Isidore-Lucien Ducasse (1846-1870) was a Uruguayan-born French poet who, under the pseudonym Comte de Lautréamont, published Les Chants de Maldoror in 1869. Although he died as a relatively unknown writer, his works resurfaced and became a crucial inspiration for the burgeoning surrealist movement in the early twentieth century. It was while reading Les Chants de Maldoror that French surrealist André Breton discovered the singular phrase that became foundational to the surrealist doctrine of objective chance: "as beautiful as the chance encounter of a sewing machine and an umbrella on an operating table."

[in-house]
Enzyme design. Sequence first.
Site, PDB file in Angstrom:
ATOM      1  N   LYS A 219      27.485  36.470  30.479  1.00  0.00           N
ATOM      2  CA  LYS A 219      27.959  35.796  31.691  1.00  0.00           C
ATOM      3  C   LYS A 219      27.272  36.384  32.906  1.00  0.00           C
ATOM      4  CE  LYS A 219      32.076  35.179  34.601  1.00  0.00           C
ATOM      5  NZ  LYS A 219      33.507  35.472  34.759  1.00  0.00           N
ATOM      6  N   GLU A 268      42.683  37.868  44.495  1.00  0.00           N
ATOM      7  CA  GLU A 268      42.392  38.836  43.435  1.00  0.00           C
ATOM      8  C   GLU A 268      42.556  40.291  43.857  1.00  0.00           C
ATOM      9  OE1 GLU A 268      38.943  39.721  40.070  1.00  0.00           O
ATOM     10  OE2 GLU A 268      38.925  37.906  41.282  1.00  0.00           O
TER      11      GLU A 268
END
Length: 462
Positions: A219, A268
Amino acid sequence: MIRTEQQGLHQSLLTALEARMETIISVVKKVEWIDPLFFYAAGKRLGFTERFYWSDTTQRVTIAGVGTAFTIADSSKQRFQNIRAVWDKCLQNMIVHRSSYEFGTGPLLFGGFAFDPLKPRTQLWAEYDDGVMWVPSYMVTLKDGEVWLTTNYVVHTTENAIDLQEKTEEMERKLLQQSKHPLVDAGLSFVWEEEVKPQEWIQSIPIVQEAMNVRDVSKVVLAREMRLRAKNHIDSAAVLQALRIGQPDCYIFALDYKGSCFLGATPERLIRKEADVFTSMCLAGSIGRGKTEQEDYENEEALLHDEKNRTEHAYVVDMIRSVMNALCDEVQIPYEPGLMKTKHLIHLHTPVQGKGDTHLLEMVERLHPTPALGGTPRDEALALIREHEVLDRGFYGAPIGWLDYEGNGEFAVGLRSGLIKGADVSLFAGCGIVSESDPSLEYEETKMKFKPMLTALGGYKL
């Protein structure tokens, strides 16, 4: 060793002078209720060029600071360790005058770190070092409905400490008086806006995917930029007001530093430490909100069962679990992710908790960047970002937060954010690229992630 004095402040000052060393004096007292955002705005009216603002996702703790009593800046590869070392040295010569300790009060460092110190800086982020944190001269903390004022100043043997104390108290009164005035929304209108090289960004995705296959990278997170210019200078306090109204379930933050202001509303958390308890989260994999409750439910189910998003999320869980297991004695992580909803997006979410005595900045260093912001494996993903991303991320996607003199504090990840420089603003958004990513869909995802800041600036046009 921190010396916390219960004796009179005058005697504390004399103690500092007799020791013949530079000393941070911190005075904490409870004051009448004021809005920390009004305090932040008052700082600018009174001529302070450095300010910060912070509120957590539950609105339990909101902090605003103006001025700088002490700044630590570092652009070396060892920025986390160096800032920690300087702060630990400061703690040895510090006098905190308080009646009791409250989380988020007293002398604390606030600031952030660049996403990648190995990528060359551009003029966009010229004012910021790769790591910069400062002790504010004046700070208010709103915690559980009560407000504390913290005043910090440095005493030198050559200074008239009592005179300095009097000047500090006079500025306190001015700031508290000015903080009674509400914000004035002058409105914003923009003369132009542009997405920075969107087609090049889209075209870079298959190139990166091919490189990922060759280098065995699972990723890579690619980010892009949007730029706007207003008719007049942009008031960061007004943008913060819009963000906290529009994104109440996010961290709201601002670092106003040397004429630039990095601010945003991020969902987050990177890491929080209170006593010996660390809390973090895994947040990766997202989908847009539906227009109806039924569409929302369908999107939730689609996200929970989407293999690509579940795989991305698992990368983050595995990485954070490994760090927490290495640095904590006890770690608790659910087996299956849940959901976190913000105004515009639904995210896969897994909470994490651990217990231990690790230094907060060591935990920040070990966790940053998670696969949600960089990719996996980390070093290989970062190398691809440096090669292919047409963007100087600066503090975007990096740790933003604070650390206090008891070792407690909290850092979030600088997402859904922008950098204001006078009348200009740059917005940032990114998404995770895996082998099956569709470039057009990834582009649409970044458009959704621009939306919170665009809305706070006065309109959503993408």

This metaphor captures one of the most important principles of surrealist aesthetic: the enforced juxtaposition of two completely alien realities that challenges an observer's preconditioned perception of reality. German surrealist Max Ernst would also refer to Lautréamont's sewing machine and umbrella to define the structure of the surrealist painting as "a linking of two realities that by all appearances have nothing to link them, in a setting that by all appearances does not fit them."
Belgian surrealist René Magritte drew a series of full-page illustrations and vignettes in a caricatural style for a 1948 edition of Les Chants de Maldoror that can be found here at Rauner. To read the famous passage from Les chants de Maldoror that inspired André Breton to represent surrealism as “the chance encounter of a sewing machine and an umbrella on an operating table,” ask for Ilus M276d and turn to page 166.